IMG_20150420_090924All of which says quite clearly, if you stop clutching your novel-induced blinkers, that we’re not in Austen’s England ca. 1813, but in that nebulous time and place called Fairy Land, Once Upon a Time. The gowns and flowing hair are not unlike the ones in Cinderella, and even the colours of some of the mise-en-scene are reminiscent of the fairy tale – there is Jane being innocent and ethereal in a pink and blue Little-Bo-Peep outfit; the walls and furniture of Longbourn not unlike those of Cinderella’s home in fairy land… Fine, there’s no fairy godmother waving a wand – but mysterious scenes of people popping in and out of rooms that bring about dramatic changes in characters’ attitudes, stunningly filmed sunrise or sunset scenes, sharp contrasts between messy Longbourn with pigs at its back door and palatial Netherfield and Pemberley – it’s all there. Pride and Prejudice has become a fairy tale for American audiences, and the 2005 movie plays up that aspect of the story to its fullest.

I must say that, having come to this realisation, I have a new appreciation for this film. It’s very different from the definitive 1995 miniseries (which will always remain my favourite), but this very fairy-tale quality it brings to the story has its own charm. My two literary passions meet in the middle – and that’s not only interesting, but kind of a good thing.

Life, the Universe, and a Jane Austen Fairy Tale. And Mr and Mrs Darcy lived happily ever after.

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4 Comments

Filed under fairy tales, Jane Austen

4 responses to “Once Upon an Austen Novel

  1. You know, thinking about it in this light might just make me able to consider this movie without violently gagging. Because when I watched it … I probably spent more time with it paused, ranting on the phone to my mother about how bad it was, than I did actually watching it. But thinking of it as a fairy tale version of P&P would definitely help.

    Although I don’t find Matthew MacFadyen particularly dreamy or his Darcy compelling, nor am I a huge fan of Kiera Knightley or her interpretation of a spirited historic/fantasy maiden, so it’s possible I might never like the movie, regardless of how I view it.

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    • amo

      Yes, that was my revelation. It actually *isn’t* Austen’s P&P, it’s a fairy tale. I mean, if you could forget that you ever read the book and watched the miniseries (of course, you can’t, but just sayin “if”), you’d probably find it quite a lovely movie.

      Another thing that struck me this viewing is how Matthew MacFadyen plays Darcy – extremely shy, sort of the tortured soul whose emotion just bursts out of him when he can’t keep it under wraps any more. He was probably bullied in his public school as a little boy. šŸ™‚ Meaning to say he hasn’t got anything like Colin Firth’s rendition of the deadpan in-control man of power. It’s a different interpretation, but equally valid.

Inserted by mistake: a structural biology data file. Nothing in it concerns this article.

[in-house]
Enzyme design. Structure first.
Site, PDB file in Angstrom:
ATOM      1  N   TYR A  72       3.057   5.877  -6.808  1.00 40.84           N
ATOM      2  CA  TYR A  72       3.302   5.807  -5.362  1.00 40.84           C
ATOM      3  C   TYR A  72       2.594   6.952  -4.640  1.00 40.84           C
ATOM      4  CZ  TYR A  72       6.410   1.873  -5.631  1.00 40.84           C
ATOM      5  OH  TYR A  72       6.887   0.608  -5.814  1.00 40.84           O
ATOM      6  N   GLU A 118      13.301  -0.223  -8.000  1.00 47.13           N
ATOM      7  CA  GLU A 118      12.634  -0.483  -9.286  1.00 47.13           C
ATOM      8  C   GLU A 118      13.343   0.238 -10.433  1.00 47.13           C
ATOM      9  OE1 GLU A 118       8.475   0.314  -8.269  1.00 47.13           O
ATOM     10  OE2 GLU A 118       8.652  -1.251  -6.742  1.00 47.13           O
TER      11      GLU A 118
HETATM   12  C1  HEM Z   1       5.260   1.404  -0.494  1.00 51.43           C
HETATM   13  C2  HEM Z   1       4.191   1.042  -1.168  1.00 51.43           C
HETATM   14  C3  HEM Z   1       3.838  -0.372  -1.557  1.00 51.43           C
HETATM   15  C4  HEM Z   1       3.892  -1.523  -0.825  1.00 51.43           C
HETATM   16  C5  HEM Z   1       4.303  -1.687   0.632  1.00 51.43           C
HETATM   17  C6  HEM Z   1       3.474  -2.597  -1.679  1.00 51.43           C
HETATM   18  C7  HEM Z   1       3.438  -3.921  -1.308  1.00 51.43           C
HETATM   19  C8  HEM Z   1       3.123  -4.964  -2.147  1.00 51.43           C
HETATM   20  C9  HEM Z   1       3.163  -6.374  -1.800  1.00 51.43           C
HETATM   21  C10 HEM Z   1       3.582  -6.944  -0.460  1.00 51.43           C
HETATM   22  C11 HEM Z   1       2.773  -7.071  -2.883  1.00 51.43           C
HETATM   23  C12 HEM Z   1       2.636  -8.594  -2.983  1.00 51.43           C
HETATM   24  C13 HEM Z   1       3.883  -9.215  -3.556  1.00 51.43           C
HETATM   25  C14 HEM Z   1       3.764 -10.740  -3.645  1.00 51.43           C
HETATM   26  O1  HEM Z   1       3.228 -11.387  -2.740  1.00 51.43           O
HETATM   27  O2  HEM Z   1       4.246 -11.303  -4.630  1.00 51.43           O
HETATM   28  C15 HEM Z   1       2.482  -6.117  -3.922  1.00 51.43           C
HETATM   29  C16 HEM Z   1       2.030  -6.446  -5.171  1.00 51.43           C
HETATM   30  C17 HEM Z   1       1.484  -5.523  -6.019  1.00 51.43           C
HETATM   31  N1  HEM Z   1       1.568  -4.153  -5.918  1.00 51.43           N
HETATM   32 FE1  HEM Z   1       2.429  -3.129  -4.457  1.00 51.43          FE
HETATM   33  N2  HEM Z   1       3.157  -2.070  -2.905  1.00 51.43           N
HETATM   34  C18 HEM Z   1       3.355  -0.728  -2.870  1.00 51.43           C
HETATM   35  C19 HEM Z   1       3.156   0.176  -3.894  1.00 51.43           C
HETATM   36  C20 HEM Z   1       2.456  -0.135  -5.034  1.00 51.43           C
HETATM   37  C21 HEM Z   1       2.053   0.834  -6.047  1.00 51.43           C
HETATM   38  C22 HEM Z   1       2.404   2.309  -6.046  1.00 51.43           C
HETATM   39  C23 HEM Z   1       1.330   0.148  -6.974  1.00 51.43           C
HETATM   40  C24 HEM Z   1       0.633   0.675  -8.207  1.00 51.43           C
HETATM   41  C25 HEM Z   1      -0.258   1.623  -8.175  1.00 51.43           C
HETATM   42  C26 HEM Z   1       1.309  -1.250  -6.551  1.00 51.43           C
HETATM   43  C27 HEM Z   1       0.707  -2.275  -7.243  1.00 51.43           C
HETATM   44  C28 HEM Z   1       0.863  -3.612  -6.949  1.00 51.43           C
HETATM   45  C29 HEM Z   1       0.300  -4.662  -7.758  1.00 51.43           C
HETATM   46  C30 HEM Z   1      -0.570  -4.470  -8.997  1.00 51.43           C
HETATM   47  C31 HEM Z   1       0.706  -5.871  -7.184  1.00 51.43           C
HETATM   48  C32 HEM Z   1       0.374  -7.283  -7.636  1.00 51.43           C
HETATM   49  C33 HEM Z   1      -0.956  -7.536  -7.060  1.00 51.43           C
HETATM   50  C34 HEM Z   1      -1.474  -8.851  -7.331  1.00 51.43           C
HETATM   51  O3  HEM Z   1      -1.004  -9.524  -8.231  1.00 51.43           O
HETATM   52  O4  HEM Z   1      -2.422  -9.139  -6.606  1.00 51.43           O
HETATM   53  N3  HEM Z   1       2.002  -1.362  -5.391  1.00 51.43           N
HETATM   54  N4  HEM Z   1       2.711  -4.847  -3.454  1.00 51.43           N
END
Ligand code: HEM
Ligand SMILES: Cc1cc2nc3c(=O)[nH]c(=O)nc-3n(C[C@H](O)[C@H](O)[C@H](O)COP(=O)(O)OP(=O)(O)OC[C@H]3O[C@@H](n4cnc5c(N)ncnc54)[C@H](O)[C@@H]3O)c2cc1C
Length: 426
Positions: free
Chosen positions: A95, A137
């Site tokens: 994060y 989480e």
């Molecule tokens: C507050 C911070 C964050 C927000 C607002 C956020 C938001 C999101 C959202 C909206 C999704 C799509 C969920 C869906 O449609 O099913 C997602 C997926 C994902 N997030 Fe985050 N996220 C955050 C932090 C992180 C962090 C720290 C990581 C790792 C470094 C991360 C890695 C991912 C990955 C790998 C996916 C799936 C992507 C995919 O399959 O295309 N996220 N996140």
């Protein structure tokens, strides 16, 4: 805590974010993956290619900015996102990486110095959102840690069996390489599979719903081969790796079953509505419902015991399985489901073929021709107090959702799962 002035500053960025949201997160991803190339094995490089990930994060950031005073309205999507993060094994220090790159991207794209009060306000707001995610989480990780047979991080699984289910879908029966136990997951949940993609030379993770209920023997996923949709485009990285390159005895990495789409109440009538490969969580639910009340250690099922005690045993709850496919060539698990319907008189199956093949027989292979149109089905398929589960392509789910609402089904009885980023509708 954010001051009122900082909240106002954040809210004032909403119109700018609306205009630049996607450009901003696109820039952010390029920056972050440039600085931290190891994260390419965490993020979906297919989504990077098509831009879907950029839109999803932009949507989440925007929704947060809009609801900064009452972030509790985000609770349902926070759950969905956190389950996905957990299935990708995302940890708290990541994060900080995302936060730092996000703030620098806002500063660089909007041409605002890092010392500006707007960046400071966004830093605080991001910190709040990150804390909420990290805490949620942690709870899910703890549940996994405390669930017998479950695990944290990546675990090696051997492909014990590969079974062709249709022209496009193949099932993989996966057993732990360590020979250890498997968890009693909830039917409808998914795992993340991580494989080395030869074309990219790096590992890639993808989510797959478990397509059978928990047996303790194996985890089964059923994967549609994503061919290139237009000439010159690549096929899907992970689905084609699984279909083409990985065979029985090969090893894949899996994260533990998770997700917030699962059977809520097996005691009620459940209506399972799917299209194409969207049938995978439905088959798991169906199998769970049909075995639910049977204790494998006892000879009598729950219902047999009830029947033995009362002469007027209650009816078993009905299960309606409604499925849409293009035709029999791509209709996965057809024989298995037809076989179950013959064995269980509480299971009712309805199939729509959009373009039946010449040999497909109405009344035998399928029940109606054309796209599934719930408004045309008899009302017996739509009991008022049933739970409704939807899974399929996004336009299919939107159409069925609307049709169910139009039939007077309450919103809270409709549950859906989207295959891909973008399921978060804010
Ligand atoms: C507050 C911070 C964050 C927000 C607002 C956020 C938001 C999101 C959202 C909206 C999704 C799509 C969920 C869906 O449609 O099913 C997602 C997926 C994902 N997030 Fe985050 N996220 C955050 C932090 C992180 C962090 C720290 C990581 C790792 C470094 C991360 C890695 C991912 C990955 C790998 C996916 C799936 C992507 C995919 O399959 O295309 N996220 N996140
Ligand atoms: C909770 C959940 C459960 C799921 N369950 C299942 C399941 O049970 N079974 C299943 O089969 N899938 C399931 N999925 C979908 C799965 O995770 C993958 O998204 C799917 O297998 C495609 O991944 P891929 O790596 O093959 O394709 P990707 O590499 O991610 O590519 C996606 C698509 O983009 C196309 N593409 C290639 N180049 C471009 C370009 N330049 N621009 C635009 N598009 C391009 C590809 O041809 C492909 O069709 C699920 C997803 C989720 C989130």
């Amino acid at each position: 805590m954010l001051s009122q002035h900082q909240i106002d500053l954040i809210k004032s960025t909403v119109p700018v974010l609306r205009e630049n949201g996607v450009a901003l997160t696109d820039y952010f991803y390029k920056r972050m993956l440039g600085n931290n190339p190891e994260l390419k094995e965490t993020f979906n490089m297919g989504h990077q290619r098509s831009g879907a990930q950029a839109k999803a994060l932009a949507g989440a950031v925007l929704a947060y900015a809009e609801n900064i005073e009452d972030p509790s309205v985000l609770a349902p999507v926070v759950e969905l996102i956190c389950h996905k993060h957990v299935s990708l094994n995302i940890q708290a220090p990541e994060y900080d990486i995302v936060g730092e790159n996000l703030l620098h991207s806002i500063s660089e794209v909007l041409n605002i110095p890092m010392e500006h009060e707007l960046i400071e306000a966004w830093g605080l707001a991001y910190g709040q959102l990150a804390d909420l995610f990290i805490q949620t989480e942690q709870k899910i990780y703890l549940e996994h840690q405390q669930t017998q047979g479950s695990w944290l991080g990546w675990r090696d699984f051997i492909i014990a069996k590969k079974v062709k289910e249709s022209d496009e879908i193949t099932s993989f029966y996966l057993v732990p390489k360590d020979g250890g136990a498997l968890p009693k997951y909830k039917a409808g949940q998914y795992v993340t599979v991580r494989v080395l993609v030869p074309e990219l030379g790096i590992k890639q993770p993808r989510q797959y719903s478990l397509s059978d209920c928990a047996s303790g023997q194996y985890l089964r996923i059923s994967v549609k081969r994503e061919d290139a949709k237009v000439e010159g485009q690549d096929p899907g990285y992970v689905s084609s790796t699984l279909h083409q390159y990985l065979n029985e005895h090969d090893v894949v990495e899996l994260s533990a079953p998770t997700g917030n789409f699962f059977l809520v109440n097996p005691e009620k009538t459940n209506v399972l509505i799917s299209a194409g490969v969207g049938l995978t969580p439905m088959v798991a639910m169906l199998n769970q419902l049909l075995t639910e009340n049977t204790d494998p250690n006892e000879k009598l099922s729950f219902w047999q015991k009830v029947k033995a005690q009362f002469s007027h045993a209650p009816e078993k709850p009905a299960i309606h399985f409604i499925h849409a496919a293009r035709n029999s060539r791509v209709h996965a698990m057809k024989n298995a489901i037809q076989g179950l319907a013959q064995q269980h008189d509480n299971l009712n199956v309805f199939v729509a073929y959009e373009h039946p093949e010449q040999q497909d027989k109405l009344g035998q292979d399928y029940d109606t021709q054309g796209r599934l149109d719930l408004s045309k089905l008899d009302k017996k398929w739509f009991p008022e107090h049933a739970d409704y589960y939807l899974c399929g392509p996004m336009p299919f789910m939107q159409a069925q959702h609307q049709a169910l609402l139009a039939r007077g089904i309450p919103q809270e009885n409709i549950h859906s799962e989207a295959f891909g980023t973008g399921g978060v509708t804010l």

I have to say I like Keira Knightley, but she does play the role extremely modern. Which is another aspect of the “American Fairy Tale” idea – she’s a 21st-century fairy tale heroine, not a Regency lady; and when you look at it that way, it takes on a really different flavour.

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      • I’ve never liked the tortured soul type of hero (unless it’s Richard Armitage playing John Thornton, in which case, swoon); I much prefer the steady, kind, good man with a sense of humor. Probably why Mr Knightley and Henry Tilney are my two favorite Austen heroes. So even if he wasn’t Mr. Darcy, I think I’d find MacFadyen’s character in that less than appealing.

        As for Kiera Knightley … you would THINK I’d get a kick out of her heroines: feisty, strong-willed, witty, all the rest of it. Instead I just want to kick them. I can’t figure it out.

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      • amo

        LOL, I’m with you on the preferred heroes. Henry Tilney for me, too, thank you! (And I love how JJ Feild plays him in the otherwise forgettable 2007 NA. Have you seen “Austenland”? He’s great in that one as a fake Regency hero, too. Which is totally off the point here.)
        And yeah, I hear you on the feisty heroine thing too. Some people just rub us the wrong way – there is no accounting for tastes. (Who said that? Isn’t that an Austen quote, too? Hmm…)